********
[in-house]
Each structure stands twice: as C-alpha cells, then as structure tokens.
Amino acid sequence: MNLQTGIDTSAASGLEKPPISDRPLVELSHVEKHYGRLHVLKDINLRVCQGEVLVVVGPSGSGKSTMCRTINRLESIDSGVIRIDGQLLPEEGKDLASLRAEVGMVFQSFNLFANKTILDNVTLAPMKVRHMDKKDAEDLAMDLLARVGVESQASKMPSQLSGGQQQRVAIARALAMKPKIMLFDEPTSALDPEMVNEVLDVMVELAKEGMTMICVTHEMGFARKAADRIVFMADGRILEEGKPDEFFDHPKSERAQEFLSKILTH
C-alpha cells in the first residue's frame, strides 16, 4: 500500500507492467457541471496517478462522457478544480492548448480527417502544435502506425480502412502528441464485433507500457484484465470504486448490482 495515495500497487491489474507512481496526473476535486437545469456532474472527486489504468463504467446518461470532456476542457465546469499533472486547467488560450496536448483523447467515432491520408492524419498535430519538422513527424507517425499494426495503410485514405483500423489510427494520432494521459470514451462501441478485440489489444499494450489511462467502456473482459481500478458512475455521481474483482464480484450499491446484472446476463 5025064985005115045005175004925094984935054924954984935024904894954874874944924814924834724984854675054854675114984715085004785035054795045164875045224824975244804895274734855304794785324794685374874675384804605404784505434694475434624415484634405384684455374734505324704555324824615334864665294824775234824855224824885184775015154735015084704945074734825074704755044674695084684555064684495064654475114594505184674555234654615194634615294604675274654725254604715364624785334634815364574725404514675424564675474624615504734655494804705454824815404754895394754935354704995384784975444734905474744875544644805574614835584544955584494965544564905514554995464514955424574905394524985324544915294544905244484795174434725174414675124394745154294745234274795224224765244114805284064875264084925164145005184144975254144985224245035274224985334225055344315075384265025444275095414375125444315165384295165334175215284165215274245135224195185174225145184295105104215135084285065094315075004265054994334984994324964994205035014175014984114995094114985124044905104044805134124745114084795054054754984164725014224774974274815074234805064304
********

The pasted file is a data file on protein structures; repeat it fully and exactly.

[in-house]
Each structure stands twice: as C-alpha cells, then as structure tokens.
Amino acid sequence: MNLQTGIDTSAASGLEKPPISDRPLVELSHVEKHYGRLHVLKDINLRVCQGEVLVVVGPSGSGKSTMCRTINRLESIDSGVIRIDGQLLPEEGKDLASLRAEVGMVFQSFNLFANKTILDNVTLAPMKVRHMDKKDAEDLAMDLLARVGVESQASKMPSQLSGGQQQRVAIARALAMKPKIMLFDEPTSALDPEMVNEVLDVMVELAKEGMTMICVTHEMGFARKAADRIVFMADGRILEEGKPDEFFDHPKSERAQEFLSKILTH
C-alpha cells in the first residue's frame, strides 16, 4: 500500500507492467457541471496517478462522457478544480492548448480527417502544435502506425480502412502528441464485433507500457484484465470504486448490482 495515495500497487491489474507512481496526473476535486437545469456532474472527486489504468463504467446518461470532456476542457465546469499533472486547467488560450496536448483523447467515432491520408492524419498535430519538422513527424507517425499494426495503410485514405483500423489510427494520432494521459470514451462501441478485440489489444499494450489511462467502456473482459481500478458512475455521481474483482464480484450499491446484472446476463 5025064985005115045005175004925094984935054924954984935024904894954874874944924814924834724984854675054854675114984715085004785035054795045164875045224824975244804895274734855304794785324794685374874675384804605404784505434694475434624415484634405384684455374734505324704555324824615334864665294824775234824855224824885184775015154735015084704945074734825074704755044674695084684555064684495064654475114594505184674555234654615194634615294604675274654725254604715364624785334634815364574725404514675424564675474624615504734655494804705454824815404754895394754935354704995384784975444734905474744875544644805574614835584544955584494965544564905514554995464514955424574905394524985324544915294544905244484795174434725174414675124394745154294745234274795224224765244114805284064875264084925164145005184144975254144985224245035274224985334225055344315075384265025444275095414375125444315165384295165334175215284165215274245135224195185174225145184295105104215135084285065094315075004265054994334984994324964994205035014175014984114995094114985124044905104044805134124745114084795054054754984164725014224774974274815074234805064304